are pelagic which means feeding and living in the top reaches of the water and
going down to deeper water when light intensity increases and in the evening.
This allows them to take cover from any predators during the warmer parts of the
day and then again feeding in the late afternoon.
They are ferocious
feeders, competing for food continually. Their diet is made up many species of
fish, sardines, chicken livers, squid they eat just about anything. They are
fast learners and vary their diet considerably. Tigers inhabit waters close to
the side of the lake or around suitable structures. They are not generally open
water feeders and we target them in depths from 4m to 10 meters. Depending on
the season, water temperatures and available food, depths vary, but it is not
uncommon to find them in 30 meters of water.
||Any firm 6 foot stick (10 to 20 lb) will do for the tiger, finding
most bass sticks appropriate. A lighter flick stick for spinning smaller
rapalas and spinners is also a must.|
||Here a good reel is important to handle short fast hard runs; a good
drag system. Good coffee grinders or bait casters that can hold +/- 120m
of line is imperative. |
||High abrasive line is a must as most of the fishing or fish land up
dashing for structure where they are able to hang you up. A good 12 - 15
lb breaking strain is sufficient. 'Fireline', a very strong light line
allows for good accuracy and strength. |
||Chemically sharpened hooks allow for better penetration, and I believe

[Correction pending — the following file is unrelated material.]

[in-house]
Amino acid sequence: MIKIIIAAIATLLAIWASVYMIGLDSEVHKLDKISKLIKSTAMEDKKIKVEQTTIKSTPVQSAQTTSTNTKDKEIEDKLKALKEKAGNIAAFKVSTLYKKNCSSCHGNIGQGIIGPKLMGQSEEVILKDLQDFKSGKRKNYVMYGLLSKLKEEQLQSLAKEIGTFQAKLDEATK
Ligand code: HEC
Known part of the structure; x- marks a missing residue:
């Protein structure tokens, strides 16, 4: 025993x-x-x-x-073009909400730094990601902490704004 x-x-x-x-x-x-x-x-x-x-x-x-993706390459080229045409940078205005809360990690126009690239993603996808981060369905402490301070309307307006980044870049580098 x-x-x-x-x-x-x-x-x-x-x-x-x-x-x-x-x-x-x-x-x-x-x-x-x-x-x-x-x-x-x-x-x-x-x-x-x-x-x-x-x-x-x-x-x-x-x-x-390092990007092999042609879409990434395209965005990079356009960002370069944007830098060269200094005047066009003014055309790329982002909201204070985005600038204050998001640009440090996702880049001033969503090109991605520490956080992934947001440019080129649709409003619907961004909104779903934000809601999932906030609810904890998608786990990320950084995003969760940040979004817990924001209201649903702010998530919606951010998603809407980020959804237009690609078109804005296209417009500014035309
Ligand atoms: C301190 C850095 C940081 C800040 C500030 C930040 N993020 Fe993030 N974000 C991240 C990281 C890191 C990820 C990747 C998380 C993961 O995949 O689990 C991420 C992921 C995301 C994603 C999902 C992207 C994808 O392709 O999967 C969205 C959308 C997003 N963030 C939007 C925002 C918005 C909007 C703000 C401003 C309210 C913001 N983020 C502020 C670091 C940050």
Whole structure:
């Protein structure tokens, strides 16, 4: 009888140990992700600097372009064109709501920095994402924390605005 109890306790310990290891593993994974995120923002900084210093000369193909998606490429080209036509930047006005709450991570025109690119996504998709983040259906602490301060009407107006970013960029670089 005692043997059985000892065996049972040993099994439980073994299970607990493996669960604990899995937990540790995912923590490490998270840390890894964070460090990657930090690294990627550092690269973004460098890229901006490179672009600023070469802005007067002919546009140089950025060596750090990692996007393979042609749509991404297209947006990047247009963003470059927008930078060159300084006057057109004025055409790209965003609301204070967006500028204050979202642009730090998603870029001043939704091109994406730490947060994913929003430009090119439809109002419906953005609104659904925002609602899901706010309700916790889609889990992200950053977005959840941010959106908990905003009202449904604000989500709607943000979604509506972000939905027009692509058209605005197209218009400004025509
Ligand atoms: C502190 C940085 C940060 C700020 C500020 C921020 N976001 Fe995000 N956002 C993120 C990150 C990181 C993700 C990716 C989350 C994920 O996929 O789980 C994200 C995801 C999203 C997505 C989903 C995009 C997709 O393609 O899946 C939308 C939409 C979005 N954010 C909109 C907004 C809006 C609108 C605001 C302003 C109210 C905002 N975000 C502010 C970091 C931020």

good line and hooks is the key to successful tiger fishing. Any size from
a 1/0 to 6/0 are most commonly used e.g. Mustad, Daichi, Kamakatsu. |
||Nylon or normal steel trace of about 30cm in length is the ideal
although the latter is preferred as a lot of rigs are snapped up and would
take time to dislodge or rust away. 25 lb steel trace is thin and flexible
and the most practical to use.|
||A variety of spinners, spoons, rapalas and spinner baits should make
up your tackle box. Red, silver and bronze spinners and spoons work best,
ranging from 4g - 12g. The rapala range is up to your own disgression due
to their price, but a couple of deep runners for trawling can be brought
along. Red and white and natural colors tend to be the best. A suggestion
would be changing most of the above to single hooks as it allows better
penetration and does not damage the fish as much as treble hooks. 3 Tips:
The brighter the sun the brighter the lure; use shallow to medium depth
lures for early morning or late aternoon fishing; let your lure out as far
as you can when trawling on a still day and closer to the boat on windy